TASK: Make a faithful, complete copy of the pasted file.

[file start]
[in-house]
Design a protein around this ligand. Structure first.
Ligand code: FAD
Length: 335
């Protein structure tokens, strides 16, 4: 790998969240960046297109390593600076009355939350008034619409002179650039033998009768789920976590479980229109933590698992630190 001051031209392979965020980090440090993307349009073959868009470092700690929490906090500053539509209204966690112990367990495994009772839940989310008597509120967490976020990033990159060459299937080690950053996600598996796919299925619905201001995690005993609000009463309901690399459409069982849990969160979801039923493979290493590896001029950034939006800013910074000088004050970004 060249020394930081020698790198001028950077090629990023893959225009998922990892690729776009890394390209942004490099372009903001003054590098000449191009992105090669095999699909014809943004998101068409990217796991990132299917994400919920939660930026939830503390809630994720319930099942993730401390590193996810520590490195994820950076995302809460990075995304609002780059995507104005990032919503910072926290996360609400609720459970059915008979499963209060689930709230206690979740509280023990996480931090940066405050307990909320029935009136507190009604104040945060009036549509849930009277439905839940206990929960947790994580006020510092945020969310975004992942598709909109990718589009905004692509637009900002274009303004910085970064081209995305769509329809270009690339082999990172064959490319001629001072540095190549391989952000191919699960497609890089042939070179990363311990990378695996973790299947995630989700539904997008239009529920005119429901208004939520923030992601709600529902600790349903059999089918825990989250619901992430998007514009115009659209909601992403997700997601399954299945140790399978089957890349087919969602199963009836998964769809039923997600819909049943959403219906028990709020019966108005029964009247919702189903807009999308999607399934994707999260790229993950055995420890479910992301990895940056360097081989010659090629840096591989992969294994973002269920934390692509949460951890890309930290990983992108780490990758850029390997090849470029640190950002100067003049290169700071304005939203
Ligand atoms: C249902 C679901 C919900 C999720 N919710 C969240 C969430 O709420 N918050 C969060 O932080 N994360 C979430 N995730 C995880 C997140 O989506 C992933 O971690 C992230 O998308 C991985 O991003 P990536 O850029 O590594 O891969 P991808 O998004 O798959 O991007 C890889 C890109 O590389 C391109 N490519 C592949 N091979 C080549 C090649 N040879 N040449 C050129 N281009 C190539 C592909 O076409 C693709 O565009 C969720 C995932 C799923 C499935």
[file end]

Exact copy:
[in-house]
Design a protein around this ligand. Structure first.
Ligand code: FAD
Length: 335
């Protein structure tokens, strides 16, 4: 790998969240960046297109390593600076009355939350008034619409002179650039033998009768789920976590479980229109933590698992630190 001051031209392979965020980090440090993307349009073959868009470092700690929490906090500053539509209204966690112990367990495994009772839940989310008597509120967490976020990033990159060459299937080690950053996600598996796919299925619905201001995690005993609000009463309901690399459409069982849990969160979801039923493979290493590896001029950034939006800013910074000088004050970004 060249020394930081020698790198001028950077090629990023893959225009998922990892690729776009890394390209942004490099372009903001003054590098000449191009992105090669095999699909014809943004998101068409990217796991990132299917994400919920939660930026939830503390809630994720319930099942993730401390590193996810520590490195994820950076995302809460990075995304609002780059995507104005990032919503910072926290996360609400609720459970059915008979499963209060689930709230206690979740509280023990996480931090940066405050307990909320029935009136507190009604104040945060009036549509849930009277439905839940206990929960947790994580006020510092945020969310975004992942598709909109990718589009905004692509637009900002274009303004910085970064081209995305769509329809270009690339082999990172064959490319001629001072540095190549391989952000191919699960497609890089042939070179990363311990990378695996973790299947995630989700539904997008239009529920005119429901208004939520923030992601709600529902600790349903059999089918825990989250619901992430998007514009115009659209909601992403997700997601399954299945140790399978089957890349087919969602199963009836998964769809039923997600819909049943959403219906028990709020019966108005029964009247919702189903807009999308999607399934994707999260790229993950055995420890479910992301990895940056360097081989010659090629840096591989992969294994973002269920934390692509949460951890890309930290990983992108780490990758850029390997090849470029640190950002100067003049290169700071304005939203
Ligand atoms: C249902 C679901 C919900 C999720 N919710 C969240 C969430 O709420 N918050 C969060 O932080 N994360 C979430 N995730 C995880 C997140 O989506 C992933 O971690 C992230 O998308 C991985 O991003 P990536 O850029 O590594 O891969 P991808 O998004 O798959 O991007 C890889 C890109 O590389 C391109 N490519 C592949 N091979 C080549 C090649 N040879 N040449 C050129 N281009 C190539 C592909 O076409 C693709 O565009 C969720 C995932 C799923 C499935």